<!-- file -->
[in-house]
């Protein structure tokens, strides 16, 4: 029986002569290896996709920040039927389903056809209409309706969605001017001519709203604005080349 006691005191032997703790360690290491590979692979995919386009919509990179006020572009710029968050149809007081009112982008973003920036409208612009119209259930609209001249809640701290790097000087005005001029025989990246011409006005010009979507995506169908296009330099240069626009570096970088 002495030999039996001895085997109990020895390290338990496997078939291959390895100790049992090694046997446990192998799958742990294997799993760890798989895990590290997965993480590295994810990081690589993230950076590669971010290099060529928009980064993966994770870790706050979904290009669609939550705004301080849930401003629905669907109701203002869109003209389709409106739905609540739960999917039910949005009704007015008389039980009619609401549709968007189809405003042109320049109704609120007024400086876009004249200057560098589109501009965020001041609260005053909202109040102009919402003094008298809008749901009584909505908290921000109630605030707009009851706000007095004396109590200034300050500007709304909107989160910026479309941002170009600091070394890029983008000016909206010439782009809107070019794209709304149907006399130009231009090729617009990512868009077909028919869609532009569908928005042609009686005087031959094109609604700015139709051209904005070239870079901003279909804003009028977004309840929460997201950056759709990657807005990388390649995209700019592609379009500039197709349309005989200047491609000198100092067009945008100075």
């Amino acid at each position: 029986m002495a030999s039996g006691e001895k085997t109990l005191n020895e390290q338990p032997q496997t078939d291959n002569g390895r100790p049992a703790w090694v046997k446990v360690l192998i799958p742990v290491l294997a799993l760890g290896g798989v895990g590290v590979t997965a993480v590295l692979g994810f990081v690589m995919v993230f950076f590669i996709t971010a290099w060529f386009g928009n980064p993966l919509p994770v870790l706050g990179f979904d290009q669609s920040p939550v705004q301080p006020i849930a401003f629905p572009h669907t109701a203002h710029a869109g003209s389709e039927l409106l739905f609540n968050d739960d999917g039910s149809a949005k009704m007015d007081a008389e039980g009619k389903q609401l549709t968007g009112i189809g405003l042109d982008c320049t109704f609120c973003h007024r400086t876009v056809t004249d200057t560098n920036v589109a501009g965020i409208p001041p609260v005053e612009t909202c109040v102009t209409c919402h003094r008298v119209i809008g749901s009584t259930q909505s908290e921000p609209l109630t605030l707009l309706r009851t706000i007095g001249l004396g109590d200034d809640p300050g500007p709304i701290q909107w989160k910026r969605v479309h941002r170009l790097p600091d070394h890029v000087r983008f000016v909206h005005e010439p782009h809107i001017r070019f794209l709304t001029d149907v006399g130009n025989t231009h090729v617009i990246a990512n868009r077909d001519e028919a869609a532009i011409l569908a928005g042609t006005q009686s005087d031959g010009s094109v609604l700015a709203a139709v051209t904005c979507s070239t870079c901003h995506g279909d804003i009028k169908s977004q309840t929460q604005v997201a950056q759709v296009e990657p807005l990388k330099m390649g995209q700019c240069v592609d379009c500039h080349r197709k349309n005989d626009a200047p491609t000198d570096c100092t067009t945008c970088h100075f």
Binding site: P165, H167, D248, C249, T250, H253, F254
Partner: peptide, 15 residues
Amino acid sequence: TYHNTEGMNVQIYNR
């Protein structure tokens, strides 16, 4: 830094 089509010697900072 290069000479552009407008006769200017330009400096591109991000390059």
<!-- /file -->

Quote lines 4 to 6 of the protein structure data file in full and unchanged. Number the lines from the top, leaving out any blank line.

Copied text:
Binding site: P165, H167, D248, C249, T250, H253, F254
Partner: peptide, 15 residues
Amino acid sequence: TYHNTEGMNVQIYNR